List of rivers of Nicaragua

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Los Guatuzos Wildlife Refuge, located south of Lake Cocibolca and borders the Rio San Juan on the east. Guatuzos3.jpg
Los Guatuzos Wildlife Refuge, located south of Lake Cocibolca and borders the Río San Juan on the east.

The majority of rivers in Nicaragua are located on the Caribbean coast and empty out into the Caribbean Sea. The Río San Juan is one of the most important rivers in Nicaragua, it borders Costa Rica and connects the Caribbean Sea to Lake Cocibolca . [1] The Nicaragua Canal was a proposed project for an inter-Oceanic canal to transport cargo ships coming in from the Pacific to the Caribbean, or vice versa, instead of sailing down around Cape Horn. As of 2007 the project is still being considered.

Caribbean Sea A sea of the Atlantic Ocean bounded by North, Central, and South America

The Caribbean Sea is a sea of the Atlantic Ocean in the tropics of the Western Hemisphere. It is bounded by Mexico and Central America to the west and south west, to the north by the Greater Antilles starting with Cuba, to the east by the Lesser Antilles, and to the south by the north coast of South America.

San Juan River (Nicaragua) river that flows east out of Lake Nicaragua into the Caribbean Sea

The San Juan River, also known as El Desaguadero, is a 192-kilometre (119 mi) river that flows east out of Lake Nicaragua into the Caribbean Sea. A large section of the border between Nicaragua and Costa Rica runs on the southern bank of the river. It was part, with the lake, of a proposed route for a Nicaragua Canal in the 19th century. The idea of the project has been revived in the last decade, including the possibility of other routes within the country. The Ecocanal project has obtained a Concession from the National Assembly of Nicaragua to re-open the San Juan River to commercial barge traffic.

Costa Rica Country in Central America

Costa Rica, officially the Republic of Costa Rica, is a country in Central America, bordered by Nicaragua to the north, the Caribbean Sea to the northeast, Panama to the southeast, the Pacific Ocean to the southwest, and Ecuador to the south of Cocos Island. It has a population of around 5 million in a land area of 51,060 square kilometers. An estimated 333,980 people live in the capital and largest city, San José with around 2 million people in the surrounding metropolitan area.

Contents

The Río Grande and its tributaries are the most extensive river system, while the Río Escondido provides a major transportation route between the Pacific and Caribbean coasts. [1] The Río Coco, locally known as the Wanks, runs along the border with Honduras and is the longest river in Central America. [2] Other important rivers include Río Tipitapa, which links Lake Cocibolca to Lake Managua and covers 1,050 km² (405 sq mi).

Lake Managua lake in Nicaragua

Lake Managua is a lake in Nicaragua. The Spanish name is Lago de Managua or Lago Xolotlán. At 1,042 km², it is approximately 65 kilometres (40 mi) long and 25 kilometres (16 mi) wide. Similarly to the name of Lake Nicaragua, its name was coined by the Spanish conquerors from "Mangue" and agua ("water"). The city of Managua, the capital of Nicaragua, lies on its southwestern shore.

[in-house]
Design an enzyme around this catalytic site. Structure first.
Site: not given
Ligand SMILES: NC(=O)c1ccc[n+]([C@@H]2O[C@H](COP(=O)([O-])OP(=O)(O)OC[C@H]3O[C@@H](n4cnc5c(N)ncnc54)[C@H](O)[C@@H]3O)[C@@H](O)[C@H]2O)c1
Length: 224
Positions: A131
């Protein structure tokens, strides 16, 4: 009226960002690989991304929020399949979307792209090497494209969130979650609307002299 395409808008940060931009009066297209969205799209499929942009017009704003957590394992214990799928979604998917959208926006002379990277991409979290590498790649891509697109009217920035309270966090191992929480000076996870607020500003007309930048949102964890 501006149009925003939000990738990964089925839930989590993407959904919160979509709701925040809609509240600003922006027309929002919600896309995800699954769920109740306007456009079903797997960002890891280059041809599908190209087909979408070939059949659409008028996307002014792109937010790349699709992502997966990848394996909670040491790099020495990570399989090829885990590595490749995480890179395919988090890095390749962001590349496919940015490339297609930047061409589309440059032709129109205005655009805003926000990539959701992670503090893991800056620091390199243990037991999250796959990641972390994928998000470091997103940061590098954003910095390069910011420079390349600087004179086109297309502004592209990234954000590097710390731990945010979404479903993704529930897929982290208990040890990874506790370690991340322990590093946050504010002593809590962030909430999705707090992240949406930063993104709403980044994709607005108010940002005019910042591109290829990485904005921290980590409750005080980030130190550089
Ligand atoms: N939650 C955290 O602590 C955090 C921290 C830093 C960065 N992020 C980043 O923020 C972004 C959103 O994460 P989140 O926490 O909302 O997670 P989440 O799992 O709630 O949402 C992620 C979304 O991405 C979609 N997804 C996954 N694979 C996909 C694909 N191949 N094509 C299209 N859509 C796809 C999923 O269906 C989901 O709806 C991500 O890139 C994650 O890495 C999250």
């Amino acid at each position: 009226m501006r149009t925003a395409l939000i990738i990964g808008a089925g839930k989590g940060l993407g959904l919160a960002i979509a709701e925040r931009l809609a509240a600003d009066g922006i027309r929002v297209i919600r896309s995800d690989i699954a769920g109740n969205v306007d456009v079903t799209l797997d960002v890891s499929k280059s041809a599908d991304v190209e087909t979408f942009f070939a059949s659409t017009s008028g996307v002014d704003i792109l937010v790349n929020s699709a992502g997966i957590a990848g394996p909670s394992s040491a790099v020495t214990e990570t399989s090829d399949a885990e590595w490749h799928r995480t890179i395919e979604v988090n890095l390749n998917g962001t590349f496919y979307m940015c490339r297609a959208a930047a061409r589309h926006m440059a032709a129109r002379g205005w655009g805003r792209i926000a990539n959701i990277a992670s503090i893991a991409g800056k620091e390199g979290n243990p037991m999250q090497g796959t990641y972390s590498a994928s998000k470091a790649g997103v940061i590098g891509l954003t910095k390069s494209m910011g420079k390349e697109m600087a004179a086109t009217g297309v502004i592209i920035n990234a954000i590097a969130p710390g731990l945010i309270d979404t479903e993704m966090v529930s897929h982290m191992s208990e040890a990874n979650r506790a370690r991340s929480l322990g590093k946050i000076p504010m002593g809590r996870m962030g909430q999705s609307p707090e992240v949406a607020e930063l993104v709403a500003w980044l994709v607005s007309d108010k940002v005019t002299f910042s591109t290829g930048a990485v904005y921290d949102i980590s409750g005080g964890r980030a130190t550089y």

List of rivers in Nicaragua

Honduras republic in Central America

Honduras, officially the Republic of Honduras, is a country in Central America. In the past, it was sometimes referred to as "Spanish Honduras" to differentiate it from British Honduras, which later became modern-day Belize. The republic of Honduras is bordered to the west by Guatemala, to the southwest by El Salvador, to the southeast by Nicaragua, to the south by the Pacific Ocean at the Gulf of Fonseca, and to the north by the Gulf of Honduras, a large inlet of the Caribbean Sea.

Central America central geographic region of the Americas

Central America is located on the southern tip of North America, or is sometimes defined as a subcontinent of the Americas, bordered by Mexico to the north, Colombia to the southeast, the Caribbean Sea to the east, and the Pacific Ocean to the west and south. Central America consists of seven countries: Belize, Costa Rica, El Salvador, Guatemala, Honduras, Nicaragua, and Panama. The combined population of Central America has been estimated to be 41,739,000 and 42,688,190.

Río Grande de Matagalpa is a river of Nicaragua. Running 430 kilometers (270 mi) from its source near Matagalpa to the Caribbean Sea in the northern part of the South Caribbean Autonomous Region it is the second longest river in Nicaragua. It gives it name to the city and municipality of La Cruz de Río Grande. The Tumarín Dam is being constructed on its lower reaches.

By drainage basin

This list is arranged by drainage basin, with respective tributaries indented under each larger stream's name.

Drainage basin Area of land where precipitation collects and drains off into a common outlet

A drainage basin is any area of land where precipitation collects and drains off into a common outlet, such as into a river, bay, or other body of water. The drainage basin includes all the surface water from rain runoff, snowmelt, and nearby streams that run downslope towards the shared outlet, as well as the groundwater underneath the earth's surface. Drainage basins connect into other drainage basins at lower elevations in a hierarchical pattern, with smaller sub-drainage basins, which in turn drain into another common outlet.

Atlantic Ocean

Coco River river

The Río Coco, formerly known as the Río Segovia, Cape River, or Yara River, is a river in northern Nicaragua and southern Honduras. The Miskito Indians who live along the river know it as the Wanki or Wanks River. It is the longest river that runs entirely within the Central American isthmus.